Electric Drives in the European Oil and Gas Industries


Written by:
Santosh Kumar, Frost & Sullivan

Electric drives are used in various applications in the oil and gas industry for varying motor speeds driving critical components, including pumps, fans and compressors. Both AC and DC drives are used, but AC units dominate most applications. This article explores some of the recent trends and issues in the European electric drives market.

Key Market Issues

Certainly the area of most concern for drives suppliers has been the severity of the current economic downturn in Europe. While the oil and gas industry has been a bit more resilient than some other hard-hit industries (such as automotive or chemical), a number of issues continue to challenge demand for drives in this sector.

One is the need for customized motion control solutions. The oil and gas industry employs high powered drives for highly critical applications like drilling or pump rod applications. In many cases, systems have to be customized to suit the requirements. Such applications require special drives with added intelligence or controls for additional parameters, apart from speed/torque. In addition, power and voltage requirements vary with the demands of the application and in most cases the drives have to be specially designed and manufactured. The need to manufacture drives that are scalable for different applications, yet reliable, has increased. The challenge for suppliers is to successfully deliver the drive solution with the least possible lead time.

A further issue confronting suppliers is the declining price trend for variable frequency drives (VFDs) over the past few years, largely based on increasing competition. End users demand more value-added features in drives without price premiums attached. Customers expect more flexibility and features like software for streamlining installation procedures, self-diagnostics, etc. This has been a common issue for technology upgrades across a variety of industrial segments for years-end users demand "bells and whistles," but will not pay for them. This can create a drag on technology advancement and limit the ability of suppliers to command higher margins.

The current state of the oil and gas industry in Europe is another challenge. Declining investments due to drops in crude oil prices have resulted in the shelving of many projects, with drive sales expected to be negatively impacted in the short term of the forecast period.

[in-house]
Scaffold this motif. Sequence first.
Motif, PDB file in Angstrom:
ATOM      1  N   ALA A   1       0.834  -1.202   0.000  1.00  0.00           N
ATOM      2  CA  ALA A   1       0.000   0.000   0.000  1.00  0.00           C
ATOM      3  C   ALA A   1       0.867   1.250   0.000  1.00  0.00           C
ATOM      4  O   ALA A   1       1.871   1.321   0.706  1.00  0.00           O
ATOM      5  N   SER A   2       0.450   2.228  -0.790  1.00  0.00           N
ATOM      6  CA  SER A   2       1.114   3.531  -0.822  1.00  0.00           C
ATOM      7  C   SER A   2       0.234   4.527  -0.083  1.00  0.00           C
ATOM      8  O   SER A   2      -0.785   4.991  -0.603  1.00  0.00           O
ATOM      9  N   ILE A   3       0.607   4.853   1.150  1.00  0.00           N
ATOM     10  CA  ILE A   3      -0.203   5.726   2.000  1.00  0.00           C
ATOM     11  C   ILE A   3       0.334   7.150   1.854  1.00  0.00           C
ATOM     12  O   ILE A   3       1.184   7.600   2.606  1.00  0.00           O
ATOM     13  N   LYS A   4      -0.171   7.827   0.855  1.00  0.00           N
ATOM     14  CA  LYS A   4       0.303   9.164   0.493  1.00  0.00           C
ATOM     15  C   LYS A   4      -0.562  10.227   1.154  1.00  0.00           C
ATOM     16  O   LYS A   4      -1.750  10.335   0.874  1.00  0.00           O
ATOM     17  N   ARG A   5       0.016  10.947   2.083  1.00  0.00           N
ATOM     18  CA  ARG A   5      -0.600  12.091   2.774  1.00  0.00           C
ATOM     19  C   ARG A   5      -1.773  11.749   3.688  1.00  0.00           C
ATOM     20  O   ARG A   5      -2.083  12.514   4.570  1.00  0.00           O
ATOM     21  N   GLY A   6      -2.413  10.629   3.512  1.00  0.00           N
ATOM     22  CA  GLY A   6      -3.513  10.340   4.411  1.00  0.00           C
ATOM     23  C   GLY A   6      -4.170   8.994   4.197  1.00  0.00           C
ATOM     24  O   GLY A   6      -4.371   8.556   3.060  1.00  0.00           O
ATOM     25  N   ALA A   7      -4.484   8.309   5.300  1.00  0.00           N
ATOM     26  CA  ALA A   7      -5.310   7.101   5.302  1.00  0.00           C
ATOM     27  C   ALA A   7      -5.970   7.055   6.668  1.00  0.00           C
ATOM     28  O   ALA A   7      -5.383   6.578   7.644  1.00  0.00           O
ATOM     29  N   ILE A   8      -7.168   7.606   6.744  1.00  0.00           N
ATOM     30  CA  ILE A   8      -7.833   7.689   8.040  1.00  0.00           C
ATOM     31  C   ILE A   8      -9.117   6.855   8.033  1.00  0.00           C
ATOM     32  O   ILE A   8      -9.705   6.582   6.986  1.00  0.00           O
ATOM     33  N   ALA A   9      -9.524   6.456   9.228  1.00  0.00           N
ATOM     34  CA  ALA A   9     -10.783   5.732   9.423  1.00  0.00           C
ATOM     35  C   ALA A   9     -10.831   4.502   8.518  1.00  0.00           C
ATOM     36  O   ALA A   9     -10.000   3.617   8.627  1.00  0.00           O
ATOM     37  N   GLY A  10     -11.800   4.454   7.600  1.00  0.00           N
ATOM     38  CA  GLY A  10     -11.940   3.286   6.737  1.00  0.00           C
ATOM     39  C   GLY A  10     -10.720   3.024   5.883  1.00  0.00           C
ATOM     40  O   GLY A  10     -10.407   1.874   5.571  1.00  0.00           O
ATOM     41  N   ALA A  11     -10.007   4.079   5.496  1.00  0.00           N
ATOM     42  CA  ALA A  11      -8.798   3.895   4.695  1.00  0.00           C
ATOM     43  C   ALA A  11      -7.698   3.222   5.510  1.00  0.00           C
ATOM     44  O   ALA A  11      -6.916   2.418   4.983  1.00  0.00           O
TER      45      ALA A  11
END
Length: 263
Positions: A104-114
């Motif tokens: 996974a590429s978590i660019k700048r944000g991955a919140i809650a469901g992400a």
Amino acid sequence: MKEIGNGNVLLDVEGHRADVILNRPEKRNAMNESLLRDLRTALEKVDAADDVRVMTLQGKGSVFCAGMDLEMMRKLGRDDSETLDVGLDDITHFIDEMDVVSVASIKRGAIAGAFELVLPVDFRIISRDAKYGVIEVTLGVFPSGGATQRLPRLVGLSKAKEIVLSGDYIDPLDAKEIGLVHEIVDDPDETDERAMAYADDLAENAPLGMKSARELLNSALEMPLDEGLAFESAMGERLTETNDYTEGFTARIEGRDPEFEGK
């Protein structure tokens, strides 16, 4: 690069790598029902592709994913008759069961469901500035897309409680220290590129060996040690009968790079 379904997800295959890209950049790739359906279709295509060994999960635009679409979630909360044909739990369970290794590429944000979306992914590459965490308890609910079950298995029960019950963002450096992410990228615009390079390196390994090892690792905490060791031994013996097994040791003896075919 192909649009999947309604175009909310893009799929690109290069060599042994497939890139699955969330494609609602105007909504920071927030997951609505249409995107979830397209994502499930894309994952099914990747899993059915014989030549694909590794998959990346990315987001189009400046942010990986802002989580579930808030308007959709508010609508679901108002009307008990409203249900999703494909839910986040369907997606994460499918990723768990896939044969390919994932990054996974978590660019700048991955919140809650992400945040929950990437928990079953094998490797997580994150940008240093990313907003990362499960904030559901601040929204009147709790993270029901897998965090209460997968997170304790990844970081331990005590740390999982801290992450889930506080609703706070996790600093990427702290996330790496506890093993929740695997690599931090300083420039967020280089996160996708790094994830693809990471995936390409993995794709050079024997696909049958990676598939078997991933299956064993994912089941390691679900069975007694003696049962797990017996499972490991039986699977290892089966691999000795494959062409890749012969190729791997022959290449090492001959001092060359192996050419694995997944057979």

Additionally, most of Europe's oil production has been from countries like the United Kingdom and Norway that form the North Sea belt. This region, where exploration and production activities started as early as the 1970s, has been experiencing depletion of its reserves, and new field discoveries are minimal. The maturity of many oil wells contributes to decreases in output. Although maturing wells give rise to improved oil recovery techniques and improved drive sales, the lack of new reserves remains a restraining factor. If new oil reserves are not found, Europe's external dependence on oil supply could result in a fall in the internal energy market.

While some serious issues create barriers to the demand for electric drives, some factors create promise in the market.

The aforementioned enhanced oil recovery techniques for maturing wells are expected to support demand for pumping applications for progressive cavity pumps (PCP), electrical submersible pumps (ESP) and sucker rod pumps (SRP). This demand, in turn, is expected to increase the demand for energy saving electric drives.

There is also the sheer volume of demand, as the European Union is the second largest oil and gas consumer after the United States. With the consumption of gas forecasted to increase in the future, the need to import gas from major gas producing countries like the United Kingdom, Russia, the Netherlands and Norway has only risen.

Europe imports almost one-third of its gas from Russia. To meet the demand, huge sums are expected to be invested for the development of pipelines. With a growth in the length of the gas pipelines, the need for large compressors to compress the gas will increase as will the need for high powered drives with power ratings of 30 MW to 40 MW. The pipeline projects also have pump applications to transmit the fluid (oil or gas) through them, which will increase the demand for electric drives for pump applications in the pipelines.

European Market Forecast

The following graph shows the forecast for the total electric drives market in Europe from 2009 to 2015. The base year is 2008.

Figure 1
Figure 1

 

The short-term market is expected to exhibit weak growth, but improvements in the global economy are anticipated to help lift growth back to more familiar territory by the end of the forecast period. Of the base year revenues, drives used for pumps accounted for approximately 64 percent of the total, with compressors and fans at 20 percent and 16 percent, respectively.

Pumps are the major applications for drives in this market. Pumps in the oil and gas industry are used across all end user applications (upstream, midstream and downstream). The majority of the high power-rated drives for pumps are used for oil exploration purposes where high powered motors are used. In midstream applications, large mainline pumps are used to transport oil and gas. Refineries are another major consumer of pumps and drives.

As global economies begin to rebound slowly in 2010, the oil and gas sector in Europe is expected to once again be a growth market for electric drives suppliers.

Pumps & Systems, January 2010


See also:

Upstream Pumping Solutions

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